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The Artist's Eye: Wolf Kahn as Curator
February 6 - April 11, 2004
In The Artist's Eye: Wolf Kahn as Curator, the acclaimed painter has selected approximately fifty works from the collection of the National Academy of Design, with a particular focus on what he broadly defines as landscapes. Ranging in date from 1840 to 1996, the paintings chosen reflect "those pictures which it seemed important to show at this time." Included are many of the major figures in American art: Winslow Homer, George Bellows, Richard Estes, Frederic E. Church, and Altoon Sultan, among them.
As curator, Kahn particularly sought to highlight the Academy's rich collection of 19th century landscapes, with selections by such artists as Asher B. Durand, Frederic E. Church, Albert Bierstadt, Thomas Moran and James A. Suydam. He also explored the wide range of mood and techniques of contemporary landscapes, particularly those from the last three decades. Among his 20th century selections are works by Rackstraw Downes, Jane Wilson, Paul Resika, and Esteban Vicente. Romantic visions of the Hudson River School are presented, along with the lyrical abstractions, cityscapes and super-realism of contemporary painters. Relying primarily on his eye, Kahn used such criteria as: "Is the picture coloristically exciting?" or "Is it the carrier of strong feeling?"
A highlight of this exhibition is the display of Asher B. Durand's Morning of Life and Evening of Life, 1840, which, because of their size, are rarely seen together. Typical of the Hudson River School style, the paintings present a moralizing message, an allegory of life as landscape. In the Morning of Life, we see a luscious landscape and lively youthful figures. In contrast, Evening of Life reveals a solitary inactive figure, seated among architectural ruins echoed by a lone dead tree in the verdant landscape. (right: Asher Brown Durand (1796-1886), The Evening of Life, 1840, oil on canvas, 49 3/8 x 83 3/8 inches, Gift of Mrs. Frederick J. Betts, 1911, 387-P)
Conversely, Altoon Sultan's Tractor and Disc Harrow, Pawlett, Vermont, 1987, presents a landscape interrupted and controlled by man. Here Mr. Kahn was interested in the compositional elements of the work, rather than its message. He stated, "The knowing disposition of the elements of this picture is to be noted. Great structure!"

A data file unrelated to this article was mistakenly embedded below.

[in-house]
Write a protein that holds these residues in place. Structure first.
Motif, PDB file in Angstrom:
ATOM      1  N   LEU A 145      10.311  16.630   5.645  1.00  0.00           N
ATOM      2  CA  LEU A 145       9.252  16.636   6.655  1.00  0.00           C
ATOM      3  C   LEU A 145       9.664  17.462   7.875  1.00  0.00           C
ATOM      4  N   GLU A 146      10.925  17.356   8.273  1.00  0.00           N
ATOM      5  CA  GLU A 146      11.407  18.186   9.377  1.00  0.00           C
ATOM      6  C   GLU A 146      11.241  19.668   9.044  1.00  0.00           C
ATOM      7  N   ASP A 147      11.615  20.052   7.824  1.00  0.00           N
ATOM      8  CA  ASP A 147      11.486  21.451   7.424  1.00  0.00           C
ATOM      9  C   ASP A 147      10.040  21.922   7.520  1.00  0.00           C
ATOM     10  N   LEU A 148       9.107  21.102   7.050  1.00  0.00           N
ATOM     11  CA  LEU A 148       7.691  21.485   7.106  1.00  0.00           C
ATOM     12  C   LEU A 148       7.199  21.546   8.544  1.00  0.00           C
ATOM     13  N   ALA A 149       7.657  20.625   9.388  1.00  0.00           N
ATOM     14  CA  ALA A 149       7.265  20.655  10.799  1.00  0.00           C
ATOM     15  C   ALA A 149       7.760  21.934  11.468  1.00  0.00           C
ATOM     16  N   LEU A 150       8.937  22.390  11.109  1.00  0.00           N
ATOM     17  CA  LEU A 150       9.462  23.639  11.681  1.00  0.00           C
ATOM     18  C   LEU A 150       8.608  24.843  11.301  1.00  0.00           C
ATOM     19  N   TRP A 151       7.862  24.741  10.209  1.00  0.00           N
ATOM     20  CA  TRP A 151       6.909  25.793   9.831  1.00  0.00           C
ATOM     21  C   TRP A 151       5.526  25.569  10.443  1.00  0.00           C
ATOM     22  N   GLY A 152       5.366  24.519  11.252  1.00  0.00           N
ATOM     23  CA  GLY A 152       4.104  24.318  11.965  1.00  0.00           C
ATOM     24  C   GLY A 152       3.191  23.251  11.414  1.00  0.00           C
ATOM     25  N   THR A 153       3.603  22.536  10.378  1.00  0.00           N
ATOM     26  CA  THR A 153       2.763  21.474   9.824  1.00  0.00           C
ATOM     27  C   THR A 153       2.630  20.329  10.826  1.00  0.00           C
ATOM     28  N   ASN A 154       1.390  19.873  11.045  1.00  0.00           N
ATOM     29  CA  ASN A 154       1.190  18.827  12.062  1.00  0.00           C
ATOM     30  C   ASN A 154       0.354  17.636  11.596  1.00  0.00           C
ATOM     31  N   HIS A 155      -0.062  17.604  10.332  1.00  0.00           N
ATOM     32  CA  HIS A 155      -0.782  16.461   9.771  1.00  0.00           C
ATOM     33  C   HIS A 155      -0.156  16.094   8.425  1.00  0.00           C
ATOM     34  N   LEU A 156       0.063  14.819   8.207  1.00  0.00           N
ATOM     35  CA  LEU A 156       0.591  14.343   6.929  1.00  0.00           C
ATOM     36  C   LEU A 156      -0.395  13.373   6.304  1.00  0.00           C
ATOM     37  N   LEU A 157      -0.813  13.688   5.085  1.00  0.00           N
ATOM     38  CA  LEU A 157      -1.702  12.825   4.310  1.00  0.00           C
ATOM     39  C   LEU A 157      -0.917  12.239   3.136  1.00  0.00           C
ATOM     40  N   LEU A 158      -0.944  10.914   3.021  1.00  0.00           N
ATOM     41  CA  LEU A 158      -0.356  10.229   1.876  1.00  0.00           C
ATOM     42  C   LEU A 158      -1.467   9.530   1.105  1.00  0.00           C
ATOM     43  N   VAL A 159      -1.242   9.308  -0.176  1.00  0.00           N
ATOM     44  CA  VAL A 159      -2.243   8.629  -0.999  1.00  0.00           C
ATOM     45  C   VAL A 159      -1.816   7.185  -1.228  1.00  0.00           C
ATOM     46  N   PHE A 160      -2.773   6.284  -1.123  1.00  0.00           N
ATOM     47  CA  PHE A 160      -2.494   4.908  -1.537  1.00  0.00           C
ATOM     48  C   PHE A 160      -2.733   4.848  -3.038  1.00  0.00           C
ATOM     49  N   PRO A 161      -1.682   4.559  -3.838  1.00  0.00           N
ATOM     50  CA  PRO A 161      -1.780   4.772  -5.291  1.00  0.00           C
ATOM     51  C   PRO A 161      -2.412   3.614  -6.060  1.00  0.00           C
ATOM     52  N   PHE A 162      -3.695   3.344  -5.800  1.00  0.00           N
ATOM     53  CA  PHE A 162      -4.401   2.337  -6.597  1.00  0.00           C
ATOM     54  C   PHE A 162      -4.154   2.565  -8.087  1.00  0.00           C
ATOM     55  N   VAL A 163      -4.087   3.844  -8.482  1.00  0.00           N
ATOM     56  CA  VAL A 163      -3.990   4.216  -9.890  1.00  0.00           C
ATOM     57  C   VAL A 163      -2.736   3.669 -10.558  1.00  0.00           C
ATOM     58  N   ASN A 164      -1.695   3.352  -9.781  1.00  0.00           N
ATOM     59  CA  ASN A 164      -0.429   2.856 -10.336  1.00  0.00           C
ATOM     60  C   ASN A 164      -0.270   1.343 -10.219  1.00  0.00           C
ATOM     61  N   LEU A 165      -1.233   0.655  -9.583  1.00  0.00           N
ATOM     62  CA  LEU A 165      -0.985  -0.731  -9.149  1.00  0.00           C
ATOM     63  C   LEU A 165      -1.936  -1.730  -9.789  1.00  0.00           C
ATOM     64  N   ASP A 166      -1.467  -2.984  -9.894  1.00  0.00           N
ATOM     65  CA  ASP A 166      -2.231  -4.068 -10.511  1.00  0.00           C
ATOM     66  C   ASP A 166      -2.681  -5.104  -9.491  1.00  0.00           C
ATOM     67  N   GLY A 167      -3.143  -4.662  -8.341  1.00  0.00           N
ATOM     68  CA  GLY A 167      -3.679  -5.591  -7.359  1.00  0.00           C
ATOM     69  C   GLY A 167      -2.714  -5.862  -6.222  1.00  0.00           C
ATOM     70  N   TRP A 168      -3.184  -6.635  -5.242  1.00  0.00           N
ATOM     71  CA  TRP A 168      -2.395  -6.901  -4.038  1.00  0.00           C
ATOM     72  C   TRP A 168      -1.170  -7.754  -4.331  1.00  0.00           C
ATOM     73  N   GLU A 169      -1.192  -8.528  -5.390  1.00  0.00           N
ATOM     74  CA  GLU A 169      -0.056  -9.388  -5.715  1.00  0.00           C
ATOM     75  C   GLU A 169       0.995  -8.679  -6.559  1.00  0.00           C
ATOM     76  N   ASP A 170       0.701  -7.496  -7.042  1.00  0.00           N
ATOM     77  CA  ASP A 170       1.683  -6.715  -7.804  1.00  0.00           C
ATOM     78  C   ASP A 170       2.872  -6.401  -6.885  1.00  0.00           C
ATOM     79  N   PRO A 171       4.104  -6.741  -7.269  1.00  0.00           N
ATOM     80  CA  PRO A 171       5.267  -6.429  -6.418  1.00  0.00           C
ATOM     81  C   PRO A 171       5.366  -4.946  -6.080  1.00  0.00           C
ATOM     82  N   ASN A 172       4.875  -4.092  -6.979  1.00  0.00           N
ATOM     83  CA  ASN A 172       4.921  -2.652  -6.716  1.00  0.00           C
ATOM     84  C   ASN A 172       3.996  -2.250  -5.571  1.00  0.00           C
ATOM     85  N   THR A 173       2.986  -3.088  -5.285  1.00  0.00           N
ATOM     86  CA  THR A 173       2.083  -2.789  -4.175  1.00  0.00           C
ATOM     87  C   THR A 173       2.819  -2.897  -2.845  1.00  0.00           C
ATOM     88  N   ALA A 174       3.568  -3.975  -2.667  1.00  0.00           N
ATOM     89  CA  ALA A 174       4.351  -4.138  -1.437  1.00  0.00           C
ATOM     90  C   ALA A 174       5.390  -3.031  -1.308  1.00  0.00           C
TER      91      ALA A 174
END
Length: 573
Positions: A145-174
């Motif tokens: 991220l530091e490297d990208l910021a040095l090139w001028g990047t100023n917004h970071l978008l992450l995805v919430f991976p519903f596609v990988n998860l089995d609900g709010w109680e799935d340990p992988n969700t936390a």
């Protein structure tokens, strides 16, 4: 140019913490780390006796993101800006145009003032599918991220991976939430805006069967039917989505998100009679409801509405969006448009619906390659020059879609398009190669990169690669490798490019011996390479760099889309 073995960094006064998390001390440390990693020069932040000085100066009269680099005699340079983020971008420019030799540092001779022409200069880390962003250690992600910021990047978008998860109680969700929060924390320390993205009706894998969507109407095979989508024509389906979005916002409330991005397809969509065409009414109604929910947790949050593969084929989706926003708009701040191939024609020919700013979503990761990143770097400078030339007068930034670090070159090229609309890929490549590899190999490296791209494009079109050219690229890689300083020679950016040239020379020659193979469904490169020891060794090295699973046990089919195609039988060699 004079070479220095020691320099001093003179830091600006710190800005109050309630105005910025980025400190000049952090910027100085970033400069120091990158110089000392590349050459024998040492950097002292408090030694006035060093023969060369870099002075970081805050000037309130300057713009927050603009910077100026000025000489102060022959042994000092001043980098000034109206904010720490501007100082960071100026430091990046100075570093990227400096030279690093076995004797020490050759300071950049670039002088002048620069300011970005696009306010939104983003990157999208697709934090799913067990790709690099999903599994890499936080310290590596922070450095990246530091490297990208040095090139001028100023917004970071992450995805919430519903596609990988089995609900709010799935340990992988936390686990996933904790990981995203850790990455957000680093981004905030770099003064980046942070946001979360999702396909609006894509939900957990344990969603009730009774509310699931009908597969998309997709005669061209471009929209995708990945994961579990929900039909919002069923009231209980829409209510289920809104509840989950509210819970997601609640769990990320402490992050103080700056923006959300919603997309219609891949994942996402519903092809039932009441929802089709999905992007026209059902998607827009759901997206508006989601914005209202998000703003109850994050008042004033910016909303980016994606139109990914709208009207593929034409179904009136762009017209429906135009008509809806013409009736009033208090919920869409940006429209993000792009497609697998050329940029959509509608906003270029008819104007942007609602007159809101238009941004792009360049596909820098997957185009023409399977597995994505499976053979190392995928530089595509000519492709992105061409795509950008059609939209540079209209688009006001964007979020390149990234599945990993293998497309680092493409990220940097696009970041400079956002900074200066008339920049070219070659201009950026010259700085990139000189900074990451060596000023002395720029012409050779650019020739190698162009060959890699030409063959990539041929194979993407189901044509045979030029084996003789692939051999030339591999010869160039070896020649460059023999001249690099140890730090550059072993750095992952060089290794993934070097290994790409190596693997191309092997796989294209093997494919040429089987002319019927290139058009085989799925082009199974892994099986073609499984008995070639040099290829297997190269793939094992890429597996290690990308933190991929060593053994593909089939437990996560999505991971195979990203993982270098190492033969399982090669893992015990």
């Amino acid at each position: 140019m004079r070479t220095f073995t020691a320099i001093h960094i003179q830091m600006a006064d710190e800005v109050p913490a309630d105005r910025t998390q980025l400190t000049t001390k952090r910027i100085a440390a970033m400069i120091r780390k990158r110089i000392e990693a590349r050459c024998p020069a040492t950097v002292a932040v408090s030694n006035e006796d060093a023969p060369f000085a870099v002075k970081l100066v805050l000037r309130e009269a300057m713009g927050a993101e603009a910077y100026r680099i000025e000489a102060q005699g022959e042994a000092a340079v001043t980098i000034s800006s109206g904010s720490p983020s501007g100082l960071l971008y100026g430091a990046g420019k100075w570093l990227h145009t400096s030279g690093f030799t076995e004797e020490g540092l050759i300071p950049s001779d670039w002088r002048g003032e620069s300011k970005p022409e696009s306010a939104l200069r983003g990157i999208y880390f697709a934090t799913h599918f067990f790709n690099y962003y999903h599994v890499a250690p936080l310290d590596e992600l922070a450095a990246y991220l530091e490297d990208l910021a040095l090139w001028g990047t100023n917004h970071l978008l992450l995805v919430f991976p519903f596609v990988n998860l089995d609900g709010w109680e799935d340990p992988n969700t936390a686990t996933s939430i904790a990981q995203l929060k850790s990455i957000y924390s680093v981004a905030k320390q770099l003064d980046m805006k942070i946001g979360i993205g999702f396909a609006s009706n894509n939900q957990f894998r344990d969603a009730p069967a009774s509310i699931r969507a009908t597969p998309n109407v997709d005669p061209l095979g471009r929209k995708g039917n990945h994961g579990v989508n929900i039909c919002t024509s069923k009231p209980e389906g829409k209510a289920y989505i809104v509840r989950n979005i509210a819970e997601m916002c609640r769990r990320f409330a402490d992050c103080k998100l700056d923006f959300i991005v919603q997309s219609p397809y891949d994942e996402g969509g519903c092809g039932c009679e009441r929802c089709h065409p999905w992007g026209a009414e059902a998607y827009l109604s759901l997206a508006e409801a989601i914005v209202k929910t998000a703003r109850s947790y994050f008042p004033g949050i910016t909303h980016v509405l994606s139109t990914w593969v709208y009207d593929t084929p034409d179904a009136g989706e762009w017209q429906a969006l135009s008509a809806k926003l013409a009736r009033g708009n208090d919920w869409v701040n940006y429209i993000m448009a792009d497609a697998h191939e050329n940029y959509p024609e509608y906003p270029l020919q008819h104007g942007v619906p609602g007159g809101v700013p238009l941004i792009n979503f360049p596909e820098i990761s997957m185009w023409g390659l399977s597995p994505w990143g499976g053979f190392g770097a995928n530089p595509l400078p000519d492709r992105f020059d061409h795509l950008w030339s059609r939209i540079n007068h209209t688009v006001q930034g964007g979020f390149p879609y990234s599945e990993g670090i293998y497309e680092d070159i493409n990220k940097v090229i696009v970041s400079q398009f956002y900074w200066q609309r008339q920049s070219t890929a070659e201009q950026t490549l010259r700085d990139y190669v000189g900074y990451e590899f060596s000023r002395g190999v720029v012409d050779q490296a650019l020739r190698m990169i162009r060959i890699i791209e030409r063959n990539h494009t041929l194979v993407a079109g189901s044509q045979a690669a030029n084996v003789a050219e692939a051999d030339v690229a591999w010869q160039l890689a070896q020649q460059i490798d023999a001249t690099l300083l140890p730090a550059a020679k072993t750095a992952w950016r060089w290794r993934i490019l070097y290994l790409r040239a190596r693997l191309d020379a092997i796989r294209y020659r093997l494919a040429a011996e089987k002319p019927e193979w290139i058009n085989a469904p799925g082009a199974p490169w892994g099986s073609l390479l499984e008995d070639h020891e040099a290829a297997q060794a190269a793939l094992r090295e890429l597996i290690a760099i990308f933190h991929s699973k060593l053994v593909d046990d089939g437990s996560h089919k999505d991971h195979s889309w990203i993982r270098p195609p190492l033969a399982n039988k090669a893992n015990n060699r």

Indeed, most of the works in the exhibition were chosen for purely aesthetic reasons. Wolf Kahn's predilection for loose brushwork and bright colors drew him to similar works, as in Robert DeNiro Sr.'s, Blue Barn in New Hampshire, but he also selected works with artistic concerns totally unrelated to his own. He remarked, "The show is called The Artist's Eye. Let my eye, therefore be the surrogate for yours - we may end up shaking hands in agreement - sometimes."
This exhibition is the seventh in a series initiated in 1990 by the Academy's Council of artists and continued by its Exhibition Committee. Approximately every two years, Academicians (artist members) select one of their own to curate an exhibition of works drawn from the Museum's collection of approximately 2500 paintings, 300 sculptures, and 3,000 works on paper. Past artist-curators include Will Barnet, Paul Cadmus, Jacob Lawrence, Philip Pearlstein, and Wayne Thiebaud. Each has approached the collection from an entirely different point of view.
A special exhibition of Wolf Kahn's own work will also be presented in an adjacent gallery. Wolf Kahn: Nature and Color features approximately twelve landscapes from different phases of the artist's career. Devoted to oils on canvas, this selection will showcase Wolf Kahn's important contribution to the art of landscape painting at the end of the twentieth century. Best known for his depictions of barns and landscapes in brilliant color, Kahn has actually explored a wide range of subjects in a variety of treatments, from the more expressionist mode of his early works to the serene, quasi- abstract vision of his recent work. (right: Wolf Kahn, Pond in November, 1977, oil on canvas, 29 x 36 inches, Gift of Donald S. Crook 1980.15)
About the Curator
Wolf Kahn was born in Stuttgart, Germany in 1927 and immigrated to the United States in 1940. After studying at the Hans Hoffman School, he earned a BA at the University of Chicago. Recent exhibitions include Museum Fur Kunst und Gewerbe, Hamburg; Morris Museum of Art, GA; Neuberger Museum, Purchase, NY; American Academy of Arts and Letters, NY; Boca Raton Museum of Art, FL; and the New Britain Museum of Art. Wolf Kahn is represented by Ameringer/Yohe Gallery. He lives and works in New York City.
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